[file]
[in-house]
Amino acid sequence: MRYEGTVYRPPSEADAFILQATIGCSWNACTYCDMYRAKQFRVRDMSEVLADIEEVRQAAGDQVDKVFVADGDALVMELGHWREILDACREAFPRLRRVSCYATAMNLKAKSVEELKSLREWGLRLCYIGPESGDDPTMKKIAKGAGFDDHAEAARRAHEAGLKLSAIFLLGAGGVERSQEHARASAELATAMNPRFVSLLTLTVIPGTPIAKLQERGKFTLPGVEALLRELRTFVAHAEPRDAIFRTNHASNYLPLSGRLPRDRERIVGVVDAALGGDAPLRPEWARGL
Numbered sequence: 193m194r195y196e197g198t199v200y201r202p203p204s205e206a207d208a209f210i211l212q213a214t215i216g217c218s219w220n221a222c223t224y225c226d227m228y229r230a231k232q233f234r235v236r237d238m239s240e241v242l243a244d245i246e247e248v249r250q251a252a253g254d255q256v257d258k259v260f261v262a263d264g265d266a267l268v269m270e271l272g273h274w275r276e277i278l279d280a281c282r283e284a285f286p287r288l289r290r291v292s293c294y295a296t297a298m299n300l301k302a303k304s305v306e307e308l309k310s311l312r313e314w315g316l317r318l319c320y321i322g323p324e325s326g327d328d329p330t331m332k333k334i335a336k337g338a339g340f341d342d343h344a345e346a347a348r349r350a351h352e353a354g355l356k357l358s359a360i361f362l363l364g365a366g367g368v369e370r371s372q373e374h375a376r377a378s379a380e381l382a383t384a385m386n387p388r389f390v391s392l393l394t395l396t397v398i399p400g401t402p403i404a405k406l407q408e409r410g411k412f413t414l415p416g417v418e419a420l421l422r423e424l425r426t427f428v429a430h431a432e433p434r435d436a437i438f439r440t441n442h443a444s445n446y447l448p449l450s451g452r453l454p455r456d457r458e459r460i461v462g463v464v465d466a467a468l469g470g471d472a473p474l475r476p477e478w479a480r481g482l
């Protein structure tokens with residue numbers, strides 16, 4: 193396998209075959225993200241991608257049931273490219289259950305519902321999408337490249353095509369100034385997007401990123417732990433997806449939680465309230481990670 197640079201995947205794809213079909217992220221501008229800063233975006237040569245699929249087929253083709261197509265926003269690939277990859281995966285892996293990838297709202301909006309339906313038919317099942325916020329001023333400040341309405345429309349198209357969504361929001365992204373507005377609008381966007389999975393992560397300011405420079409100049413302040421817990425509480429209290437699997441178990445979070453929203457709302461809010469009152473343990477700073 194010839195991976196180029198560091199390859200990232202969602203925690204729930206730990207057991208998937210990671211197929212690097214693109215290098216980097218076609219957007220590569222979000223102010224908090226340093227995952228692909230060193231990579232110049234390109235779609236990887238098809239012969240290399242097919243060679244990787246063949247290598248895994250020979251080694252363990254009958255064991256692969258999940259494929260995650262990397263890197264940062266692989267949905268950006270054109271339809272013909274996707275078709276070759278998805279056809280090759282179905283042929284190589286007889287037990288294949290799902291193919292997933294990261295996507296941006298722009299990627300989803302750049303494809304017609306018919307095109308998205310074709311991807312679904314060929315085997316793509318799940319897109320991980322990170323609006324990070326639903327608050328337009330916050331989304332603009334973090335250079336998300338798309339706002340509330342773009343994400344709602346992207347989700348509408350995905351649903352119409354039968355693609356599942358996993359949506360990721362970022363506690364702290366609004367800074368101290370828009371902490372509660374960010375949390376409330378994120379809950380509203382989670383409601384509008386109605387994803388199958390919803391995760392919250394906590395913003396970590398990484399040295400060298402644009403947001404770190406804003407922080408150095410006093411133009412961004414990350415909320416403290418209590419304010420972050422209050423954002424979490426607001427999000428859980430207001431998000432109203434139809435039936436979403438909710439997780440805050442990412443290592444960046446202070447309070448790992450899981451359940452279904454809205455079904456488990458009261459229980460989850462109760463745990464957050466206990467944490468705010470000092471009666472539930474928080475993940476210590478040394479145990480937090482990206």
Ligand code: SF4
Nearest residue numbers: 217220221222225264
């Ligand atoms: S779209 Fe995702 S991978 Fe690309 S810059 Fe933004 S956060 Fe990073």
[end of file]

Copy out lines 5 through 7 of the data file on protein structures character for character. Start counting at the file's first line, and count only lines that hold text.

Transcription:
Ligand code: SF4
Nearest residue numbers: 217220221222225264
């Ligand atoms: S779209 Fe995702 S991978 Fe690309 S810059 Fe933004 S956060 Fe990073």